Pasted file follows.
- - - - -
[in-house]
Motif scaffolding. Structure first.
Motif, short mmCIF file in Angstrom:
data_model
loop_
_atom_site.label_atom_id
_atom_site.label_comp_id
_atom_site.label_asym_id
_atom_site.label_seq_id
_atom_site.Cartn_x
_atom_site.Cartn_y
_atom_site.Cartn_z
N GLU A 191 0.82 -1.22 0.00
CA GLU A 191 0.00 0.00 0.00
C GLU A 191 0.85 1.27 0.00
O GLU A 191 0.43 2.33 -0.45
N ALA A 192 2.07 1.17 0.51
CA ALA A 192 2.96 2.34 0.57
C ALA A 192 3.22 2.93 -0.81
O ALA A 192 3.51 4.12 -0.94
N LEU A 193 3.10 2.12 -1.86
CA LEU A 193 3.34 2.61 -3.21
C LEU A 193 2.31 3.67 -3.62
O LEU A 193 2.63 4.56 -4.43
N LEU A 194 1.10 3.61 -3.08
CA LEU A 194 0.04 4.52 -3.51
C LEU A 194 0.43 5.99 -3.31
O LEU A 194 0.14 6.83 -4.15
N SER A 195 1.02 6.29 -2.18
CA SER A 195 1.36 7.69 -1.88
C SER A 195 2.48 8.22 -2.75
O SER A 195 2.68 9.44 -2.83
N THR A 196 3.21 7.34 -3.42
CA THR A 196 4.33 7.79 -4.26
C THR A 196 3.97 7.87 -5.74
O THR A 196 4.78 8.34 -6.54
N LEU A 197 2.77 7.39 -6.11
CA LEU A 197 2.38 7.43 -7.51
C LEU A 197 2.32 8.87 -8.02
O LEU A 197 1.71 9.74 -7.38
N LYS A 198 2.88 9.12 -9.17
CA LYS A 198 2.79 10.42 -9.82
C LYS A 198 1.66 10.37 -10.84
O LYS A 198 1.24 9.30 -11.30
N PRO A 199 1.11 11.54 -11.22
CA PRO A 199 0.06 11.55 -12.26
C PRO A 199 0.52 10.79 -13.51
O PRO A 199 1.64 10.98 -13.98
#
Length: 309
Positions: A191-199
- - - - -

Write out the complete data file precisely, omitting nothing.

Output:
[in-house]
Motif scaffolding. Structure first.
Motif, short mmCIF file in Angstrom:
data_model
loop_
_atom_site.label_atom_id
_atom_site.label_comp_id
_atom_site.label_asym_id
_atom_site.label_seq_id
_atom_site.Cartn_x
_atom_site.Cartn_y
_atom_site.Cartn_z
N GLU A 191 0.82 -1.22 0.00
CA GLU A 191 0.00 0.00 0.00
C GLU A 191 0.85 1.27 0.00
O GLU A 191 0.43 2.33 -0.45
N ALA A 192 2.07 1.17 0.51
CA ALA A 192 2.96 2.34 0.57
C ALA A 192 3.22 2.93 -0.81
O ALA A 192 3.51 4.12 -0.94
N LEU A 193 3.10 2.12 -1.86
CA LEU A 193 3.34 2.61 -3.21
C LEU A 193 2.31 3.67 -3.62
O LEU A 193 2.63 4.56 -4.43
N LEU A 194 1.10 3.61 -3.08
CA LEU A 194 0.04 4.52 -3.51
C LEU A 194 0.43 5.99 -3.31
O LEU A 194 0.14 6.83 -4.15
N SER A 195 1.02 6.29 -2.18
CA SER A 195 1.36 7.69 -1.88
C SER A 195 2.48 8.22 -2.75
O SER A 195 2.68 9.44 -2.83
N THR A 196 3.21 7.34 -3.42
CA THR A 196 4.33 7.79 -4.26
C THR A 196 3.97 7.87 -5.74
O THR A 196 4.78 8.34 -6.54
N LEU A 197 2.77 7.39 -6.11
CA LEU A 197 2.38 7.43 -7.51
C LEU A 197 2.32 8.87 -8.02
O LEU A 197 1.71 9.74 -7.38
N LYS A 198 2.88 9.12 -9.17
CA LYS A 198 2.79 10.42 -9.82
C LYS A 198 1.66 10.37 -10.84
O LYS A 198 1.24 9.30 -11.30
N PRO A 199 1.11 11.54 -11.22
CA PRO A 199 0.06 11.55 -12.26
C PRO A 199 0.52 10.79 -13.51
O PRO A 199 1.64 10.98 -13.98
#
Length: 309
Positions: A191-199